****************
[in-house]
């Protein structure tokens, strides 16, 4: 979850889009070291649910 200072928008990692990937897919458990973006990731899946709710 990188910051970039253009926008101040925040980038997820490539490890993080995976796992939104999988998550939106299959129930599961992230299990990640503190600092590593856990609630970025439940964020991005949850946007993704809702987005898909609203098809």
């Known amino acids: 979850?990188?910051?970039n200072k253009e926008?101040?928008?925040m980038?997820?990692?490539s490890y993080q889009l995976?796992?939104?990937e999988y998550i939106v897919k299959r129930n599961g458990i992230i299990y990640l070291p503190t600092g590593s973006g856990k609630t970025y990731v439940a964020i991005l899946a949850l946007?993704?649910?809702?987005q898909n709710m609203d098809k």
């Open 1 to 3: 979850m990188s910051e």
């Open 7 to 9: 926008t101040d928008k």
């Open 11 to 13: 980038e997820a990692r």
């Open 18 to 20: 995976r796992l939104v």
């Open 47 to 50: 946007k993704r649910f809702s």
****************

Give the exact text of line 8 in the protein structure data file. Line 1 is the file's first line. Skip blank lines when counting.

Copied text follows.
């Open 47 to 50: 946007k993704r649910f809702s």